Durable poison-tolerant catalysts with high performance for fuel cell applications

Supervisor: Mgr. Yurii Yakovlev, Ph.D.
Status: Available


Hydrogen fuel cells are an efficient source of carbon emission-free energy, which because of its versatility can be found in many applications. Performance of fuel cells relies on the activity of catalysts, typically based on platinum group metals (PGM). In order to make this technology commercially viable usage of the PGMs should be substantially decreased. Though present-day low PGM catalysts show a promising performance, they are still susceptible to deactivation or poisoning by impurities, which are normally present in hydrogen and air. This is why the study of catalyst poisoning and development of poison-tolerant materials is extremely important for the production of highly reliable fuel cells.

This work will be focused on the study of poisoning mechanism on model catalysts and synthesis of poison-tolerant catalyst nanoparticles. Model thin-film catalysts will be prepared by magnetron sputtering technique. The poisoning process on model catalysts will be investigated by near ambient pressure photoelectron spectroscopy (NAP XPS) and by rotating disk/rotating ring disk electrode (RDE/RRDE) techniques. Results of the model study allow us finding the most promising catalytic material which will be synthesized in form unsupported/supported nanoparticles. A deeper understanding of the poisoning mechanism on model systems with different structures will be crucial for the design of catalyst, revealing the best architecture among alloys, core-shell structures, and bimetallic nanoparticles. Catalyst nanoparticles will be prepared by chemical methods. Structure and morphology of synthesized nanoparticles will be studied by electron microscopy SEM/TEM and photoelectric spectroscopy (XPS). Activity and performance of the catalysts in the presence of poisoning species will be assessed in the electrochemical cell using RDE/RRDE techniques. Finally, catalyst nanoparticles will be tested in the fuel cell.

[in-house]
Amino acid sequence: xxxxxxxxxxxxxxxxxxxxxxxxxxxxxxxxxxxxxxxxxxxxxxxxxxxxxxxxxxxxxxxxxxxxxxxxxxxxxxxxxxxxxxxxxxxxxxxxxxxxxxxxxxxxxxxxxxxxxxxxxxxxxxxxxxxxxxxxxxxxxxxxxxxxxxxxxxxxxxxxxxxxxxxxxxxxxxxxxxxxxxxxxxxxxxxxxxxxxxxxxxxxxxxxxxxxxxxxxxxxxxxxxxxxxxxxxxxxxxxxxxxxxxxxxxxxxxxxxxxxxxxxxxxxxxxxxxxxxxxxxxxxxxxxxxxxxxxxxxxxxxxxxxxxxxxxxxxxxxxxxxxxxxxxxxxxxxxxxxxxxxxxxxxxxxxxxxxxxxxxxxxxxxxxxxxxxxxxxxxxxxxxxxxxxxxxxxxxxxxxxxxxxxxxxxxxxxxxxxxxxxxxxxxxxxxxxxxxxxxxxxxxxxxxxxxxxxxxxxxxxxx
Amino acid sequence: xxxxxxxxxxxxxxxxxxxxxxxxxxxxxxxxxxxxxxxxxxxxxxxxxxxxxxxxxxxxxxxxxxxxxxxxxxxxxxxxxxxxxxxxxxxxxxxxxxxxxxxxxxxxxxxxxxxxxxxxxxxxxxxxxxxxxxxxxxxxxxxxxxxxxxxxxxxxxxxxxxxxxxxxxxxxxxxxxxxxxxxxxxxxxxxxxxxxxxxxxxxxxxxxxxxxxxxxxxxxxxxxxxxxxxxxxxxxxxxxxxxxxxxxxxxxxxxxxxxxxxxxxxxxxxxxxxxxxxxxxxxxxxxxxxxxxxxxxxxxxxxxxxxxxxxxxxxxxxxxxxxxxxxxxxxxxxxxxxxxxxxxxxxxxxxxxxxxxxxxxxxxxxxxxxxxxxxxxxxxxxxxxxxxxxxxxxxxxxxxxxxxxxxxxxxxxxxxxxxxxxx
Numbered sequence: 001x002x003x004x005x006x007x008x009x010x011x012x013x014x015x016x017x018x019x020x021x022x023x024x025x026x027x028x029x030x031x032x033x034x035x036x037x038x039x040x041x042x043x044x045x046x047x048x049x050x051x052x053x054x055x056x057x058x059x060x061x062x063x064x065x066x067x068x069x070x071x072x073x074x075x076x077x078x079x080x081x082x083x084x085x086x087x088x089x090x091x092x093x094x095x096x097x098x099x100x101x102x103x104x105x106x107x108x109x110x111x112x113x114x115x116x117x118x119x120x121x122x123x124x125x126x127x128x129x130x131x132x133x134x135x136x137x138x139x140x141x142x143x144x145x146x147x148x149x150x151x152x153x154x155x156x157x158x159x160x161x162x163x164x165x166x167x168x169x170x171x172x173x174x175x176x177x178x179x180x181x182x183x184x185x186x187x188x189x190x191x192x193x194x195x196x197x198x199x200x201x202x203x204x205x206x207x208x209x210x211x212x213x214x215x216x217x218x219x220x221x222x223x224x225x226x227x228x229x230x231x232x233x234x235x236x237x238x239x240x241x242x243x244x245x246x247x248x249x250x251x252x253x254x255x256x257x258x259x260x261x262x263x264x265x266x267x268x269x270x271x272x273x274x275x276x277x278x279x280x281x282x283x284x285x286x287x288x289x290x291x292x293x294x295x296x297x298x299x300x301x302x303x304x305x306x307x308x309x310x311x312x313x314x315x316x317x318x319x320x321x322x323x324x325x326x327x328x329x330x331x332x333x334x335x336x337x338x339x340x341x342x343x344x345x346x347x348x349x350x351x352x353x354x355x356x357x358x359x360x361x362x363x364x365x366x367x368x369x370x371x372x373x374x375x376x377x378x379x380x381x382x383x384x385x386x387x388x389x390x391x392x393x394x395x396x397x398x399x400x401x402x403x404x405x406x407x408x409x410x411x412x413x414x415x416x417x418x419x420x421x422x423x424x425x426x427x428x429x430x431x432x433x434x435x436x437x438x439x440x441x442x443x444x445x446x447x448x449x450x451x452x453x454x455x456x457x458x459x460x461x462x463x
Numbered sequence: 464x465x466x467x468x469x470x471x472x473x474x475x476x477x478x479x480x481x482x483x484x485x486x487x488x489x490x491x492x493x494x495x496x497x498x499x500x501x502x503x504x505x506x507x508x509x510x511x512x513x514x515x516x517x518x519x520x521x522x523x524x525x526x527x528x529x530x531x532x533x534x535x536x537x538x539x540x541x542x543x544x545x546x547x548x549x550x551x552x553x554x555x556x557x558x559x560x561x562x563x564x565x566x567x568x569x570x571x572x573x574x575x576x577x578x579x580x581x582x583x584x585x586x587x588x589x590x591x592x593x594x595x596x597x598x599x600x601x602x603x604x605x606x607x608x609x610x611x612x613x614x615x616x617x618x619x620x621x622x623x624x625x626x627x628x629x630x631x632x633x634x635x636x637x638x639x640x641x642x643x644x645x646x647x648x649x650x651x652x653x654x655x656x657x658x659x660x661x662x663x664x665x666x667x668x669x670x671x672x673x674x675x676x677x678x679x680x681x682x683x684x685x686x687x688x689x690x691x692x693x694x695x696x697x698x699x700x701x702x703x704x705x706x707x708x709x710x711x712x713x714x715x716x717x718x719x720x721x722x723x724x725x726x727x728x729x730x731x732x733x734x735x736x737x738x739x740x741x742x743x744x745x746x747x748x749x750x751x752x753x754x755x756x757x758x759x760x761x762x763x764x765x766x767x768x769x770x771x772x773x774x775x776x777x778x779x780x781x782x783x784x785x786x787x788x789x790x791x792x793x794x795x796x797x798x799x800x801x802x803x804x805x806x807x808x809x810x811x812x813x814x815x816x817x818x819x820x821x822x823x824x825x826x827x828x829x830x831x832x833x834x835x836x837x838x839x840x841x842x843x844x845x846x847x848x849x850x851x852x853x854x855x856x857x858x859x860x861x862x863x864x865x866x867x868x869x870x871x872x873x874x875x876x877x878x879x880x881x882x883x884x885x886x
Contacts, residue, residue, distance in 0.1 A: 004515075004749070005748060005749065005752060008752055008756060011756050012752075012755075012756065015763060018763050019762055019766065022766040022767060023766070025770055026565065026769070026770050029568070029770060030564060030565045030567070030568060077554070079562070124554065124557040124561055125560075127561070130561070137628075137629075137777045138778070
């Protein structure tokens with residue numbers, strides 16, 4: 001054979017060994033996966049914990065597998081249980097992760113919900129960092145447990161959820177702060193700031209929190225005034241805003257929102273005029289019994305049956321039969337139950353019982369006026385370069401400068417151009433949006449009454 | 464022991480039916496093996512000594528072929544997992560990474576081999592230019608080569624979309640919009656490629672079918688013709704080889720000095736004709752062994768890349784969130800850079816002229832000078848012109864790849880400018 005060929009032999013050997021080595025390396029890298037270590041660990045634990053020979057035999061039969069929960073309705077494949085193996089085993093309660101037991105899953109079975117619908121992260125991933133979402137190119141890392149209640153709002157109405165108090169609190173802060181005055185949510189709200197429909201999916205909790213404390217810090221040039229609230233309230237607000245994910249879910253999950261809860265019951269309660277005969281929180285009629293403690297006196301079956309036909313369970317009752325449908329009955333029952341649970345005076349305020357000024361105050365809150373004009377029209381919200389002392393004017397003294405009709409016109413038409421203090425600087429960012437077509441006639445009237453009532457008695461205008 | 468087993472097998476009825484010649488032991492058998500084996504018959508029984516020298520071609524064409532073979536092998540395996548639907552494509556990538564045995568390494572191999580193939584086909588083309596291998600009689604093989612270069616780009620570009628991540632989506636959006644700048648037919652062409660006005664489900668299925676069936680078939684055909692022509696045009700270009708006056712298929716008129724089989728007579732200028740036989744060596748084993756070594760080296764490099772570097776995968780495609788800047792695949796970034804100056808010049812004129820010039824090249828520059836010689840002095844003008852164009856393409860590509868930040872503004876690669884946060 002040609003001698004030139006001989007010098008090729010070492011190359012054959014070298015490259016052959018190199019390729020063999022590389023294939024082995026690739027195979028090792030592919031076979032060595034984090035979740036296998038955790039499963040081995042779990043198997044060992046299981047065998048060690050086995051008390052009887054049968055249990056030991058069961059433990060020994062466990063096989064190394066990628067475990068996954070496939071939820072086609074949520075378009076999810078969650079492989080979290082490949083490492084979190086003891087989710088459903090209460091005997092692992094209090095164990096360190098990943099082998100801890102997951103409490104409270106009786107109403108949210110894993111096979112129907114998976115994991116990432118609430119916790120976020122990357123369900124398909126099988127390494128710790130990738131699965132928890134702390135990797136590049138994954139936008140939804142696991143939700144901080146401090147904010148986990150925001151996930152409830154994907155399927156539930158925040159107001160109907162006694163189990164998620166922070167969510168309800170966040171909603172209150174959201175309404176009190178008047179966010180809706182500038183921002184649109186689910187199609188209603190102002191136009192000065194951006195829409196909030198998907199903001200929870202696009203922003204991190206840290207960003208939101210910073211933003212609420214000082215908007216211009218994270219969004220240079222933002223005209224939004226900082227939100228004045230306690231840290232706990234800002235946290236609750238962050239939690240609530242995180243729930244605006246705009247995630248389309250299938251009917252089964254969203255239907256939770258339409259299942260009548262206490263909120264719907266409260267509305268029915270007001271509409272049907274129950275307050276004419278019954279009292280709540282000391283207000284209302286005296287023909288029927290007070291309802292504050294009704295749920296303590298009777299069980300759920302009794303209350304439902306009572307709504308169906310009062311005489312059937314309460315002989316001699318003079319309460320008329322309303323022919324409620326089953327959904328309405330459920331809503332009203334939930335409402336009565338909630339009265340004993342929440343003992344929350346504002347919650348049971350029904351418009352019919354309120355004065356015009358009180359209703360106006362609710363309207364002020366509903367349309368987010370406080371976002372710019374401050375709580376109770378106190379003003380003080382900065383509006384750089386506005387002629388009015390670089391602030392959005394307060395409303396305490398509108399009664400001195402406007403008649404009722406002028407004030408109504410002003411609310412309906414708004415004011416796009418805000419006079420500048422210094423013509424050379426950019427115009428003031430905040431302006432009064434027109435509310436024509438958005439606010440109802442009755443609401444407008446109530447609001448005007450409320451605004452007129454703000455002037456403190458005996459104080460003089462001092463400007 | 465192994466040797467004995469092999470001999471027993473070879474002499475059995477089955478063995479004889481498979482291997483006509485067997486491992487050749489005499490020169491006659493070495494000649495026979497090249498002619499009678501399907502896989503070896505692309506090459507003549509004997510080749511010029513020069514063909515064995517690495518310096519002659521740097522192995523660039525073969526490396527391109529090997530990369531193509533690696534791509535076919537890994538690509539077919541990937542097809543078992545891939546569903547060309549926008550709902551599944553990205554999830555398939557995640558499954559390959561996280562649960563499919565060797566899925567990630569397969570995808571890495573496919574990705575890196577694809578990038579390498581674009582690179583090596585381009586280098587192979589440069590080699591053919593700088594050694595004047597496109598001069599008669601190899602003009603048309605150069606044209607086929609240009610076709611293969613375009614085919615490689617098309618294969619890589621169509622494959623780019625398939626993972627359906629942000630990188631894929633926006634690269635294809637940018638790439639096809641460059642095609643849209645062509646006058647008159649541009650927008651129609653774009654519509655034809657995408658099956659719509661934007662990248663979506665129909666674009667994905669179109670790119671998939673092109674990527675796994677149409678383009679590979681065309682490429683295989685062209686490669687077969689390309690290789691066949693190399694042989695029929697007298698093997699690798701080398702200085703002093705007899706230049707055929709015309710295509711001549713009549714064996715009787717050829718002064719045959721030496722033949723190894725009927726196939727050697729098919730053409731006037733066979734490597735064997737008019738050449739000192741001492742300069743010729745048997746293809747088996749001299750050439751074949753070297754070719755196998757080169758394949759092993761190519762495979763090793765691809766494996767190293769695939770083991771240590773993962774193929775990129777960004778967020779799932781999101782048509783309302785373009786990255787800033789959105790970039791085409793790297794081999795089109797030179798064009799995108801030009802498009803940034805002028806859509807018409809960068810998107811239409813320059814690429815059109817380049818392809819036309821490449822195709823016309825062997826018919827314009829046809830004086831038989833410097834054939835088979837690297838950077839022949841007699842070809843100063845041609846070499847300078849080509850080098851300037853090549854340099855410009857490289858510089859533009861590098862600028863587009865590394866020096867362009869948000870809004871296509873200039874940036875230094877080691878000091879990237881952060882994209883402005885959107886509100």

The main goal of this work is the establishment of the relationship between composition, structure, and morphology of catalyst nanoparticles and their long-term performance in the presence of poisoning species.


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